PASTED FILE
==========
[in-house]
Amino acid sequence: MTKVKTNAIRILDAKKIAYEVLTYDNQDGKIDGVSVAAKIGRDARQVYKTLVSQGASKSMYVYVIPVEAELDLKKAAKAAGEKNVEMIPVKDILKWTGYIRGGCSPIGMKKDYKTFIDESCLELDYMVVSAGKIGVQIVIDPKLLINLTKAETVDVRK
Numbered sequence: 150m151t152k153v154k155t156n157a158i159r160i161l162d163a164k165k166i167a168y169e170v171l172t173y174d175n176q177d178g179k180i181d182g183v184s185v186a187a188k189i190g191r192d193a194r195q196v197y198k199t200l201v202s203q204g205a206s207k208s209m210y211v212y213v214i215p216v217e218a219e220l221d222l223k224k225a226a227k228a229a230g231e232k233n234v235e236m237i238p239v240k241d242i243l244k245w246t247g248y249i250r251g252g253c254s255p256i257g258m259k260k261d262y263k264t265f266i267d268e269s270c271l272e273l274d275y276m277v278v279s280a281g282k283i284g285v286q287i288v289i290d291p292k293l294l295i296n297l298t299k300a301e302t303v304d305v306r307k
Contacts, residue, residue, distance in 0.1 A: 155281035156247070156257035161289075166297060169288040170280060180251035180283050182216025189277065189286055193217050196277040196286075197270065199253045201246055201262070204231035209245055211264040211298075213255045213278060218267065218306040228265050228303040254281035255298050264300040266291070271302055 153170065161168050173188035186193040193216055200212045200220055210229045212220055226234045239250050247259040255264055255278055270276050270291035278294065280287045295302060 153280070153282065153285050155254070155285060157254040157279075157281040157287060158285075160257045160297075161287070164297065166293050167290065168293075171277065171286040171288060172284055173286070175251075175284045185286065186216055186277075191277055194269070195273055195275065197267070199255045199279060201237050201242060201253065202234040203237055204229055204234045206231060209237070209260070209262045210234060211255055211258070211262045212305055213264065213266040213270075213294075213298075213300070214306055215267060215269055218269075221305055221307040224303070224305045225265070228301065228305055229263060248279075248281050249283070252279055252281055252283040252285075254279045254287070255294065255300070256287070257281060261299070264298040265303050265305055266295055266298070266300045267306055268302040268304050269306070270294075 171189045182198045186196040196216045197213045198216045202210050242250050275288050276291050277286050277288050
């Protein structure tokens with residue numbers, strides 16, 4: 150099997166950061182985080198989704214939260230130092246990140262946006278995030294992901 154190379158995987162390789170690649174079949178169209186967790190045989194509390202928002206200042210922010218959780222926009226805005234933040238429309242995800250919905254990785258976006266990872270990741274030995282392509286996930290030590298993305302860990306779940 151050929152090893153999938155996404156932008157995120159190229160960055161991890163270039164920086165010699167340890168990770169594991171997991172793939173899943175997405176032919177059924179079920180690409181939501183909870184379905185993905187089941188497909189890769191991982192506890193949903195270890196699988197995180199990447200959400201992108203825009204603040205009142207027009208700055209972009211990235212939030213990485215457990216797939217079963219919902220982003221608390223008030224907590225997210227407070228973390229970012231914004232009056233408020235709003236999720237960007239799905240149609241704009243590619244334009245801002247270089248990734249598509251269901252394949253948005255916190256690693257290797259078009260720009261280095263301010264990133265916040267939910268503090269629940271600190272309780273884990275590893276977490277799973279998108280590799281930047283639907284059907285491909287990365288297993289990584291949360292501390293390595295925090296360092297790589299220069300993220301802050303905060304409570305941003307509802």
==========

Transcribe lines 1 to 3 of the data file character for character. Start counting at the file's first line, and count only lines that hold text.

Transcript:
[in-house]
Amino acid sequence: MTKVKTNAIRILDAKKIAYEVLTYDNQDGKIDGVSVAAKIGRDARQVYKTLVSQGASKSMYVYVIPVEAELDLKKAAKAAGEKNVEMIPVKDILKWTGYIRGGCSPIGMKKDYKTFIDESCLELDYMVVSAGKIGVQIVIDPKLLINLTKAETVDVRK
Numbered sequence: 150m151t152k153v154k155t156n157a158i159r160i161l162d163a164k165k166i167a168y169e170v171l172t173y174d175n176q177d178g179k180i181d182g183v184s185v186a187a188k189i190g191r192d193a194r195q196v197y198k199t200l201v202s203q204g205a206s207k208s209m210y211v212y213v214i215p216v217e218a219e220l221d222l223k224k225a226a227k228a229a230g231e232k233n234v235e236m237i238p239v240k241d242i243l244k245w246t247g248y249i250r251g252g253c254s255p256i257g258m259k260k261d262y263k264t265f266i267d268e269s270c271l272e273l274d275y276m277v278v279s280a281g282k283i284g285v286q287i288v289i290d291p292k293l294l295i296n297l298t299k300a301e302t303v304d305v306r307k